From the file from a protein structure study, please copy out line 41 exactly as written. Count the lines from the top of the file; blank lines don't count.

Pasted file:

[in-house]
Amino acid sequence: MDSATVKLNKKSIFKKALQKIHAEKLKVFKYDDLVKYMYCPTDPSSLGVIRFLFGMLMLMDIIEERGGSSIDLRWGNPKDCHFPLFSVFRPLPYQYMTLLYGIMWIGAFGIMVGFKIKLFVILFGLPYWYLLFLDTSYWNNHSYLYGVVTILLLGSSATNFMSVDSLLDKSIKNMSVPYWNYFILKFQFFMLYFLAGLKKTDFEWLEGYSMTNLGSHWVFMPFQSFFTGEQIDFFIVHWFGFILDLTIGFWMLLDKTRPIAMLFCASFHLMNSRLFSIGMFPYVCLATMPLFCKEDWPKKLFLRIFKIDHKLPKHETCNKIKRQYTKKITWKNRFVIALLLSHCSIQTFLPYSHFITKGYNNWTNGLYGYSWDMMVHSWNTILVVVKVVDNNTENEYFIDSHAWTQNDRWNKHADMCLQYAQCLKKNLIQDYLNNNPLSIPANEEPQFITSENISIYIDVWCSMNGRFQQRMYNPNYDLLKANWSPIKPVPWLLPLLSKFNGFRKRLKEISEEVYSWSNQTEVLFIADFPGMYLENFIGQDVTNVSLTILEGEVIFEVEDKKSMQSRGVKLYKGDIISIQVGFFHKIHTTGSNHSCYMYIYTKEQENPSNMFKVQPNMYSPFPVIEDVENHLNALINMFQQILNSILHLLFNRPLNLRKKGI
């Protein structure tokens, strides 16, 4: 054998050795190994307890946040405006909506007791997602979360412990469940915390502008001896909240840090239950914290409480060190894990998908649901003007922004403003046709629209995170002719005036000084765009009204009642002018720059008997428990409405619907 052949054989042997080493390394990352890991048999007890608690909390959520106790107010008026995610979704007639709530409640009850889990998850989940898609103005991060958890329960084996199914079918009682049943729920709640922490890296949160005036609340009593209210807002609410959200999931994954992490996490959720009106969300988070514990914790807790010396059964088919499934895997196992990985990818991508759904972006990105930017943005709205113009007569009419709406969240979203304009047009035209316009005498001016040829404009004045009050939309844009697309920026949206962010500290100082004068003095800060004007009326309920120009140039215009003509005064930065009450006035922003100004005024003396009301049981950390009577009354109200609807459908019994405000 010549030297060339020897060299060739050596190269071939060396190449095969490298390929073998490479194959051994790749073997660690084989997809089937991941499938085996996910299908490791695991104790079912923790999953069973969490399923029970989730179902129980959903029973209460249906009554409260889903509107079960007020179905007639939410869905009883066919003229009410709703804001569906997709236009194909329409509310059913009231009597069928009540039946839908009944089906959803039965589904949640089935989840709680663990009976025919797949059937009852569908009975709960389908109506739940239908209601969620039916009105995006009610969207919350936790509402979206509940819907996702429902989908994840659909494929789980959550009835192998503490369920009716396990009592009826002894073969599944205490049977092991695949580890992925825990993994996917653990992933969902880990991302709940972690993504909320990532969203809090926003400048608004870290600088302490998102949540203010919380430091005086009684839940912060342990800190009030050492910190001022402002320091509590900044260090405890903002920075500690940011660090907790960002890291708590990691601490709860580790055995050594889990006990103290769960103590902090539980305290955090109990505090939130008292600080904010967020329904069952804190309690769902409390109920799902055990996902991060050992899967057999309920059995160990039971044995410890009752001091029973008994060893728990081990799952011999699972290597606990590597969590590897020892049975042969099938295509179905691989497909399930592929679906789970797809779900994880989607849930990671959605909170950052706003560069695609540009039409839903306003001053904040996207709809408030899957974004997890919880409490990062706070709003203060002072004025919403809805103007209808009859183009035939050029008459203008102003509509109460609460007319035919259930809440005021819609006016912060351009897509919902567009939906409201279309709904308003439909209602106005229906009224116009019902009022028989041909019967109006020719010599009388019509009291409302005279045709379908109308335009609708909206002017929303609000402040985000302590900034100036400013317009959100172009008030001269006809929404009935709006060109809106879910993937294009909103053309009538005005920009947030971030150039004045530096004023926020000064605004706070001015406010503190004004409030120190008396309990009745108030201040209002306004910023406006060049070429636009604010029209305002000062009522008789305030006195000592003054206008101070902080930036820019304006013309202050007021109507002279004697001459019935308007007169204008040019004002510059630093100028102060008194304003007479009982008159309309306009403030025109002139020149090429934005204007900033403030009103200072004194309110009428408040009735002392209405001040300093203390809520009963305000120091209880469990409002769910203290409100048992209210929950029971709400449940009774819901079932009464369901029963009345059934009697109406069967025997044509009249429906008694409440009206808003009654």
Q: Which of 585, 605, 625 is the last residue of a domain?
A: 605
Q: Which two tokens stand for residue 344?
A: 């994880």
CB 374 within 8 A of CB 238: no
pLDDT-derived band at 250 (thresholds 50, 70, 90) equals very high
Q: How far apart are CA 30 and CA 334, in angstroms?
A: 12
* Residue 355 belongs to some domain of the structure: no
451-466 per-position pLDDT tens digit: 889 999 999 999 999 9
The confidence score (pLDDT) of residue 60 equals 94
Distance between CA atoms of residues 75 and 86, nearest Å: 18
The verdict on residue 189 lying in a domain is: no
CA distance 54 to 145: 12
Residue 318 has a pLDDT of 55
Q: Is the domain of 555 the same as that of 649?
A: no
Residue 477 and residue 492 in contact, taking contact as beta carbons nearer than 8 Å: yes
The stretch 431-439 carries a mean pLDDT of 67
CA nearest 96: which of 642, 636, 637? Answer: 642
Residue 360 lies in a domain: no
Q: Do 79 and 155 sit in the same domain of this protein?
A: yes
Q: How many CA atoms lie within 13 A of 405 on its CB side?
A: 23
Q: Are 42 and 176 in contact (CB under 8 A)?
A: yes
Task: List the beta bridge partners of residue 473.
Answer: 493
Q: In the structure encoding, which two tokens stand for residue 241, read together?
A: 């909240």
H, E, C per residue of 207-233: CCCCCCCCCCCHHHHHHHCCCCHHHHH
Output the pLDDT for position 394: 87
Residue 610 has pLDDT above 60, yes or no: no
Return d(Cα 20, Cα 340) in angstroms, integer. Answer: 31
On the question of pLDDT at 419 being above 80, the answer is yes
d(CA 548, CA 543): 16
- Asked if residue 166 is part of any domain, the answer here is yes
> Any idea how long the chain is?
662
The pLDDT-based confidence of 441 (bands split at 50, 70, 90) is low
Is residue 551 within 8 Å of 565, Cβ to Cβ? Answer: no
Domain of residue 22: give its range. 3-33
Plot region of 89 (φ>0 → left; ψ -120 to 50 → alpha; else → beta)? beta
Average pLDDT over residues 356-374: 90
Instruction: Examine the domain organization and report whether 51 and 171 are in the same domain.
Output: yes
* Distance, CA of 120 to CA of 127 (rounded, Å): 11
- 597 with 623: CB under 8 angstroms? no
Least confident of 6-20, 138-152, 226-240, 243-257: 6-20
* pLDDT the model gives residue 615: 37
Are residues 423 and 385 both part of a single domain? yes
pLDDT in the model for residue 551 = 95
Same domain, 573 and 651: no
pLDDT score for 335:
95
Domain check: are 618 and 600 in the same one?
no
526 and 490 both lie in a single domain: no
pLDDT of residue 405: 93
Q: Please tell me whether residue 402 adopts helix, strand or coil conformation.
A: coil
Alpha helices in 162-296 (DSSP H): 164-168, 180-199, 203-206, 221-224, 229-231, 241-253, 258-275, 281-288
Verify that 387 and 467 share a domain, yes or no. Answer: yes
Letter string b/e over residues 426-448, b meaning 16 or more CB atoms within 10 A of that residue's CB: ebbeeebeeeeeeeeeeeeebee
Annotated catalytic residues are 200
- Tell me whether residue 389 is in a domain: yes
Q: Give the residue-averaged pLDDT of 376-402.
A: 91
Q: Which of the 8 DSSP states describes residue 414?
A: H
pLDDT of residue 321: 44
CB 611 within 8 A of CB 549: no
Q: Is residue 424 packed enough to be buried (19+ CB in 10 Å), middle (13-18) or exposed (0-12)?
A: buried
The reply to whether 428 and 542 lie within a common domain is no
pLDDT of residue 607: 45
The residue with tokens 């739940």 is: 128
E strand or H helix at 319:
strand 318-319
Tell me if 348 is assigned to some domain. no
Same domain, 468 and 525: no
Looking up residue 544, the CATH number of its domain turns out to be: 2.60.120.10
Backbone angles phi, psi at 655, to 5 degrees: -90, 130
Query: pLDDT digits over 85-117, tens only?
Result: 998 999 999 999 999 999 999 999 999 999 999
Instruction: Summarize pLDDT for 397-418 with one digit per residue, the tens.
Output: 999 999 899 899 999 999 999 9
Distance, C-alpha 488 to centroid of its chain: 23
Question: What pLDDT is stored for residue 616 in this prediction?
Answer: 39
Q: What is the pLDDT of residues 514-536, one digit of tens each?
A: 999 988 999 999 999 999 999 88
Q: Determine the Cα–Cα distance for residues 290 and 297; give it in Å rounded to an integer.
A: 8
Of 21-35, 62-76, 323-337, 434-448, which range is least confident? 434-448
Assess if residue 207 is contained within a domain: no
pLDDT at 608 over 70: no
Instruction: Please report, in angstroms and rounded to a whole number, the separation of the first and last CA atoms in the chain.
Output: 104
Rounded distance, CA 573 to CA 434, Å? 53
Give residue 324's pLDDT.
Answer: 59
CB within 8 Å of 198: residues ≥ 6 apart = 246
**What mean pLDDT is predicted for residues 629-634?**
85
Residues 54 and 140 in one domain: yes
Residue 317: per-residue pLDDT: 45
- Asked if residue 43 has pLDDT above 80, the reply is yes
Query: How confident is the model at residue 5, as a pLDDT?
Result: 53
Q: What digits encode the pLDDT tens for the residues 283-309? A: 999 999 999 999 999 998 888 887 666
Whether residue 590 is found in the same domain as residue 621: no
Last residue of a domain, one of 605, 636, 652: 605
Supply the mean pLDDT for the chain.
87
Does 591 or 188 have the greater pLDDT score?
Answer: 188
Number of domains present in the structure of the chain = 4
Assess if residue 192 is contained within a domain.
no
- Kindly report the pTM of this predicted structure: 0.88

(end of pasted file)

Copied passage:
- Asked if residue 166 is part of any domain, the answer here is yes